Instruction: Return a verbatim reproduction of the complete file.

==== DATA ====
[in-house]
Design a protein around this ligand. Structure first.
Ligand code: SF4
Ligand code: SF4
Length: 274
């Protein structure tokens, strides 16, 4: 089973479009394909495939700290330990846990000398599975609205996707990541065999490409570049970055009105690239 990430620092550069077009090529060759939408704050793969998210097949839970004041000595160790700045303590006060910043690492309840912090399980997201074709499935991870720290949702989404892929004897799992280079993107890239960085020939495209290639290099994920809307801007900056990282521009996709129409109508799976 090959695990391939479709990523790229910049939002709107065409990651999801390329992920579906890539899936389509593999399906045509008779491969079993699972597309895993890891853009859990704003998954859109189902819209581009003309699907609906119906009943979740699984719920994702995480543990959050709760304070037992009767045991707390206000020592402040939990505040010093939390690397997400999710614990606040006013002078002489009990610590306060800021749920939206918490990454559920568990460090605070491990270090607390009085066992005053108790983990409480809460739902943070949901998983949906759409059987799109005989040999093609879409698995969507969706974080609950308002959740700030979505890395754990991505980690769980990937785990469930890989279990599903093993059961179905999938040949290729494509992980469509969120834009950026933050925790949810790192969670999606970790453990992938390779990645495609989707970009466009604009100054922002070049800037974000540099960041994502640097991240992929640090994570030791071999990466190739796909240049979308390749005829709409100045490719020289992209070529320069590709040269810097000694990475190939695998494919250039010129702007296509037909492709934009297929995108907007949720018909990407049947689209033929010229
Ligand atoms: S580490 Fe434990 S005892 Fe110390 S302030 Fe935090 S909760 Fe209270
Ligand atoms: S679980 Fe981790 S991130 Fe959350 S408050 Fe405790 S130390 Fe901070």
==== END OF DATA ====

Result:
[in-house]
Design a protein around this ligand. Structure first.
Ligand code: SF4
Ligand code: SF4
Length: 274
């Protein structure tokens, strides 16, 4: 089973479009394909495939700290330990846990000398599975609205996707990541065999490409570049970055009105690239 990430620092550069077009090529060759939408704050793969998210097949839970004041000595160790700045303590006060910043690492309840912090399980997201074709499935991870720290949702989404892929004897799992280079993107890239960085020939495209290639290099994920809307801007900056990282521009996709129409109508799976 090959695990391939479709990523790229910049939002709107065409990651999801390329992920579906890539899936389509593999399906045509008779491969079993699972597309895993890891853009859990704003998954859109189902819209581009003309699907609906119906009943979740699984719920994702995480543990959050709760304070037992009767045991707390206000020592402040939990505040010093939390690397997400999710614990606040006013002078002489009990610590306060800021749920939206918490990454559920568990460090605070491990270090607390009085066992005053108790983990409480809460739902943070949901998983949906759409059987799109005989040999093609879409698995969507969706974080609950308002959740700030979505890395754990991505980690769980990937785990469930890989279990599903093993059961179905999938040949290729494509992980469509969120834009950026933050925790949810790192969670999606970790453990992938390779990645495609989707970009466009604009100054922002070049800037974000540099960041994502640097991240992929640090994570030791071999990466190739796909240049979308390749005829709409100045490719020289992209070529320069590709040269810097000694990475190939695998494919250039010129702007296509037909492709934009297929995108907007949720018909990407049947689209033929010229
Ligand atoms: S580490 Fe434990 S005892 Fe110390 S302030 Fe935090 S909760 Fe209270
Ligand atoms: S679980 Fe981790 S991130 Fe959350 S408050 Fe405790 S130390 Fe901070």